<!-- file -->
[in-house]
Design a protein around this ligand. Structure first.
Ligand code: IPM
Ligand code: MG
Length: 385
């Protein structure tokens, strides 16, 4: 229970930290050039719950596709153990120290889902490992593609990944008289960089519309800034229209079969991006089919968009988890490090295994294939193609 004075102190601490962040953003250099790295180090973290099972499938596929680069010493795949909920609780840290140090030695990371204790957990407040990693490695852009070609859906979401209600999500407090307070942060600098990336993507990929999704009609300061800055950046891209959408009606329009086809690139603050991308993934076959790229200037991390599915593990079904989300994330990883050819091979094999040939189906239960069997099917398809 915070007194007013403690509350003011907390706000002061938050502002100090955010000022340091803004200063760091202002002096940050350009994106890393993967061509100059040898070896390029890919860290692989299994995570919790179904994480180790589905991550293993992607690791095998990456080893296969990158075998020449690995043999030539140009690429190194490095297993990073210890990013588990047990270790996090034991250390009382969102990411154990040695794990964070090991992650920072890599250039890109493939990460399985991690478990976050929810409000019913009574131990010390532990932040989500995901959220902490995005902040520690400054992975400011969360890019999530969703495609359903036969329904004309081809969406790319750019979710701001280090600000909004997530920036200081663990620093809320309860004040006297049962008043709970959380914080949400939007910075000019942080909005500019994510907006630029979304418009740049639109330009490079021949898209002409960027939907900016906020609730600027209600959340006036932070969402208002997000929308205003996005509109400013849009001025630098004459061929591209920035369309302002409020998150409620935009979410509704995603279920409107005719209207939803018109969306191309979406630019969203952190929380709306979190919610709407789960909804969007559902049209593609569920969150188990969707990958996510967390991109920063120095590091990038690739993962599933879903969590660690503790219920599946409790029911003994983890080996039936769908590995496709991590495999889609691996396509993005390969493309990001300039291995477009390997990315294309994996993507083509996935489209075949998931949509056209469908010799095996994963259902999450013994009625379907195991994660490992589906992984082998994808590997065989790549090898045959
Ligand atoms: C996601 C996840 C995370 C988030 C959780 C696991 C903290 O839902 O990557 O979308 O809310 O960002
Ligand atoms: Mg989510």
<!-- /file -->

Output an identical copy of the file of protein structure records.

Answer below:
[in-house]
Design a protein around this ligand. Structure first.
Ligand code: IPM
Ligand code: MG
Length: 385
């Protein structure tokens, strides 16, 4: 229970930290050039719950596709153990120290889902490992593609990944008289960089519309800034229209079969991006089919968009988890490090295994294939193609 004075102190601490962040953003250099790295180090973290099972499938596929680069010493795949909920609780840290140090030695990371204790957990407040990693490695852009070609859906979401209600999500407090307070942060600098990336993507990929999704009609300061800055950046891209959408009606329009086809690139603050991308993934076959790229200037991390599915593990079904989300994330990883050819091979094999040939189906239960069997099917398809 915070007194007013403690509350003011907390706000002061938050502002100090955010000022340091803004200063760091202002002096940050350009994106890393993967061509100059040898070896390029890919860290692989299994995570919790179904994480180790589905991550293993992607690791095998990456080893296969990158075998020449690995043999030539140009690429190194490095297993990073210890990013588990047990270790996090034991250390009382969102990411154990040695794990964070090991992650920072890599250039890109493939990460399985991690478990976050929810409000019913009574131990010390532990932040989500995901959220902490995005902040520690400054992975400011969360890019999530969703495609359903036969329904004309081809969406790319750019979710701001280090600000909004997530920036200081663990620093809320309860004040006297049962008043709970959380914080949400939007910075000019942080909005500019994510907006630029979304418009740049639109330009490079021949898209002409960027939907900016906020609730600027209600959340006036932070969402208002997000929308205003996005509109400013849009001025630098004459061929591209920035369309302002409020998150409620935009979410509704995603279920409107005719209207939803018109969306191309979406630019969203952190929380709306979190919610709407789960909804969007559902049209593609569920969150188990969707990958996510967390991109920063120095590091990038690739993962599933879903969590660690503790219920599946409790029911003994983890080996039936769908590995496709991590495999889609691996396509993005390969493309990001300039291995477009390997990315294309994996993507083509996935489209075949998931949509056209469908010799095996994963259902999450013994009625379907195991994660490992589906992984082998994808590997065989790549090898045959
Ligand atoms: C996601 C996840 C995370 C988030 C959780 C696991 C903290 O839902 O990557 O979308 O809310 O960002
Ligand atoms: Mg989510």